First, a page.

Proper use of the wrist is a key element in the development of good piano technique. It is important to take good care of your wrists and be fully aware of how they are being used in and out of piano practice. Be aware of activities that cause tightness or tension in the wrists – this is especially true for activities that commonly cause the development of tendonitis, carpal tunnel syndrome, sprains or injuries.
Remember that playing the piano should never hurt - no matter how long you practice. If your wrists become painful it is due to incorrect technique and misuse of your muscles and energy. The main sensation that should come about due to many hours of playing is tingling or sensitive fingertips.
If you feel any pain or tension it is important to stop practicing and relearn the proper way to execute your passages. Pianists who play through pain are simply reinforcing incorrect technique and are at risk for developing wrist and hand injuries. These pianists often find that once they get to a certain point of playing they cannot advance any further which causes them to be stuck on one level, become discouraged or unfortunately keep trying with the same approach.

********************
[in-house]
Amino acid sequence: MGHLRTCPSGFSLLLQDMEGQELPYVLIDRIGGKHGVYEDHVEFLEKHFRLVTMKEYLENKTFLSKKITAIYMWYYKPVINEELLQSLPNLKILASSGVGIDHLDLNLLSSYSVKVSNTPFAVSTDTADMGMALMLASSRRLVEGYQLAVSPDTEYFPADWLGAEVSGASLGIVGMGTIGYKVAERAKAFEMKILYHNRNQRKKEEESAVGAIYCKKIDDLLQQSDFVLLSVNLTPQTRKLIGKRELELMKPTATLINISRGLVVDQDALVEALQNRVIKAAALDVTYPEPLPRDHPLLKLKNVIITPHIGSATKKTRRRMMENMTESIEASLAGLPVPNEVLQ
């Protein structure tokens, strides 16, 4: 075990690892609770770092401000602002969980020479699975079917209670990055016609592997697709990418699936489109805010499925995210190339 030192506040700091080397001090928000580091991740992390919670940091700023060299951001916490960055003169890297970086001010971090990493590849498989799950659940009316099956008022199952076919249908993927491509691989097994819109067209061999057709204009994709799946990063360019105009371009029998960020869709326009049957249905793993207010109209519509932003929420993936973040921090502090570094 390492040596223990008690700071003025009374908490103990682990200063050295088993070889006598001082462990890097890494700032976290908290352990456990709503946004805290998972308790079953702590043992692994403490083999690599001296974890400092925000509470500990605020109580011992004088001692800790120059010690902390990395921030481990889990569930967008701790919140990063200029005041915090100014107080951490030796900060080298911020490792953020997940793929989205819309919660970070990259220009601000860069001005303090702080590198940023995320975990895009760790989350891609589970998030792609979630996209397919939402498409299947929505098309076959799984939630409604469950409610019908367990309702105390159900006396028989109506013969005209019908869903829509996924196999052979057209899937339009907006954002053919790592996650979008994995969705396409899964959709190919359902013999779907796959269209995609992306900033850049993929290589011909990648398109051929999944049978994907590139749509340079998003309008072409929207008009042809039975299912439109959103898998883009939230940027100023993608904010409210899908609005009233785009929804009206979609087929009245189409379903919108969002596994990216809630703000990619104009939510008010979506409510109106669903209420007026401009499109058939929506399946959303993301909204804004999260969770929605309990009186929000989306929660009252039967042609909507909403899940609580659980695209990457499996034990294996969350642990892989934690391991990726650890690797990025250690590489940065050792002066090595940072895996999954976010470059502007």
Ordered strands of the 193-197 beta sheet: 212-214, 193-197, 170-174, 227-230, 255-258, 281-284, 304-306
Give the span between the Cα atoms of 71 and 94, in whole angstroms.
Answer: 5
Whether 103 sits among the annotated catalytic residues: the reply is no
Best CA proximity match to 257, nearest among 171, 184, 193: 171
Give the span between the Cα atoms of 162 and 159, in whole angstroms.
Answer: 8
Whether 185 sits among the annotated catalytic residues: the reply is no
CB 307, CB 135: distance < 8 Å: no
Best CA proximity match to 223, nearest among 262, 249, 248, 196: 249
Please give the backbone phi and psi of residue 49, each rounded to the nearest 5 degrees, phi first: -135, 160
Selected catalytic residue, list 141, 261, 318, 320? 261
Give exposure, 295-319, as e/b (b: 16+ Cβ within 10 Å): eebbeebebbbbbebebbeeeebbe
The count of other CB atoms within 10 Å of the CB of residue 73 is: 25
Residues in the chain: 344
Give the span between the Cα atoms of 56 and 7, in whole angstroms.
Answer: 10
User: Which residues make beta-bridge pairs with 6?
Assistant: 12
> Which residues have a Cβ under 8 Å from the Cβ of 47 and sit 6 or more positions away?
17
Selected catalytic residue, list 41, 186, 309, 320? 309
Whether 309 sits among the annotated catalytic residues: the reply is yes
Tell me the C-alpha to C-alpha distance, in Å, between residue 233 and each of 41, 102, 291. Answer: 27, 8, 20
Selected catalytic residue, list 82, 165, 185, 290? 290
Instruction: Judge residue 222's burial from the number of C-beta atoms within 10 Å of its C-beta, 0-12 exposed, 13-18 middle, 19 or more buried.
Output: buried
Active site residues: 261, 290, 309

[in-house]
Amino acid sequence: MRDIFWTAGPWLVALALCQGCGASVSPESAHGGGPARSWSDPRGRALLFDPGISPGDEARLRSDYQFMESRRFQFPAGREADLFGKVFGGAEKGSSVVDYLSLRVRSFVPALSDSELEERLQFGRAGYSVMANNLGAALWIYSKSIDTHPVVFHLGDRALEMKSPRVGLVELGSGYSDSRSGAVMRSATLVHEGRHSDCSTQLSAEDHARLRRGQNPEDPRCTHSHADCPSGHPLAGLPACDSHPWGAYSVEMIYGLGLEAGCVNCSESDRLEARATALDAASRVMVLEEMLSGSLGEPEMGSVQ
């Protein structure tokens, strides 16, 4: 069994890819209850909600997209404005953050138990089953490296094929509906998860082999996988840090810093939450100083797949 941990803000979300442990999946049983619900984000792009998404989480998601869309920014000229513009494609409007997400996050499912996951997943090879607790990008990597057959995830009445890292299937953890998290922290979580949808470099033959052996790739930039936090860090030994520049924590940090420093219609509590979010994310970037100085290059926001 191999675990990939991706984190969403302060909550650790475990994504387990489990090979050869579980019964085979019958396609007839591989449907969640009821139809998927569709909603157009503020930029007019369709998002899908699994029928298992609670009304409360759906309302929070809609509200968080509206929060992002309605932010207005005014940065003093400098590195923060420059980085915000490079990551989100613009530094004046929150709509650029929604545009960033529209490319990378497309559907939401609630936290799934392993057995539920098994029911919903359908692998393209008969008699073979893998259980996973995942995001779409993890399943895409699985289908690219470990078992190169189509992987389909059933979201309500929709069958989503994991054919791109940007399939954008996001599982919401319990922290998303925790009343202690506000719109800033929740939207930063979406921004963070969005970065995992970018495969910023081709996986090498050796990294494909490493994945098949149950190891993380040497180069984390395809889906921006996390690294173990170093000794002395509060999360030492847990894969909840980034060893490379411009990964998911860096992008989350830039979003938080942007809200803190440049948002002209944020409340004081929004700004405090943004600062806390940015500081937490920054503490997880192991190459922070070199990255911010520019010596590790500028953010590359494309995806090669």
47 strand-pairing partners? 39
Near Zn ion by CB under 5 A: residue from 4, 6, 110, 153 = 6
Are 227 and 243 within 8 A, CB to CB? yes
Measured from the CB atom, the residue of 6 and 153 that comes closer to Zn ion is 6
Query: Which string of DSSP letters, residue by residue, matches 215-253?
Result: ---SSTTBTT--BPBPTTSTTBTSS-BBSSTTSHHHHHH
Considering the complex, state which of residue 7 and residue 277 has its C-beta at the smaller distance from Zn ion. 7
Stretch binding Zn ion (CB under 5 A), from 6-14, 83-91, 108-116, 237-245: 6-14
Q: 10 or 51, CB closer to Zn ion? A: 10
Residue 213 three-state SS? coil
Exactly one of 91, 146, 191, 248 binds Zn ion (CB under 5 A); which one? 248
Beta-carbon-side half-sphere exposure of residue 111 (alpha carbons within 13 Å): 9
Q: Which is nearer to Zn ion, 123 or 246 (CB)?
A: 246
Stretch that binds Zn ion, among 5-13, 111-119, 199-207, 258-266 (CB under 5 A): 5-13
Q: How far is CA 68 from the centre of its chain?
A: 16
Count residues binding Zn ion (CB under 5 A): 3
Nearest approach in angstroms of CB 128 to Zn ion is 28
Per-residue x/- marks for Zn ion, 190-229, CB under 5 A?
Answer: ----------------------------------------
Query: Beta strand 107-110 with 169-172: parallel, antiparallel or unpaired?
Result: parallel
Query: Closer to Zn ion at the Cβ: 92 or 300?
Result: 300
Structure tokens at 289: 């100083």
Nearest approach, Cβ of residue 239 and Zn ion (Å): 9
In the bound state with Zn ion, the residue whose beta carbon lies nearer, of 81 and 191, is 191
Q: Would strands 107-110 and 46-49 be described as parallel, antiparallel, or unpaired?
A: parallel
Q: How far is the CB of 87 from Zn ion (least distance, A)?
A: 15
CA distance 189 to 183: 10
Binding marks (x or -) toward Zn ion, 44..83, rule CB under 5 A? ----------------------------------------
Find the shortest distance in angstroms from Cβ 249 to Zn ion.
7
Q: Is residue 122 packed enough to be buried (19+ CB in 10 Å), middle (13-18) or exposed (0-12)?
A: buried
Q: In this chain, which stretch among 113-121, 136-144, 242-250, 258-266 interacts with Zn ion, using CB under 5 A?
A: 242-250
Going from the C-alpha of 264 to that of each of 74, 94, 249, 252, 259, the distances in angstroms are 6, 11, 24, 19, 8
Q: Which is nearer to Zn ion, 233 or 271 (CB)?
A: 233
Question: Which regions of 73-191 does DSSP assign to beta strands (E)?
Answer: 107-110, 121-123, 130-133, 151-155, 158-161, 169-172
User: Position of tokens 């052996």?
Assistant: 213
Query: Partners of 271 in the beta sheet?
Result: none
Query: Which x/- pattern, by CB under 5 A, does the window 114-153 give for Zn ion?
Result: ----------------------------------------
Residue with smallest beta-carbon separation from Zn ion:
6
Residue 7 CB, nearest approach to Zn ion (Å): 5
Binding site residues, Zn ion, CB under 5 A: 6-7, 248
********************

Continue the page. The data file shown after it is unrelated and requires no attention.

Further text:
Those who recover often stop playing the piano or find a teacher to help them “start all over” or fill in the gaps by developing good technique. This may include basic hand and finger repositioning, re-assigning a more effective height or distance from the keys, proper arm, hand and finger movements that encourage the muscles to “breathe” as well as exercises that loosen the wrists. Developing controlled, relaxed wrists will encourage great technique, better musicality and the most fulfilling experience at the piano.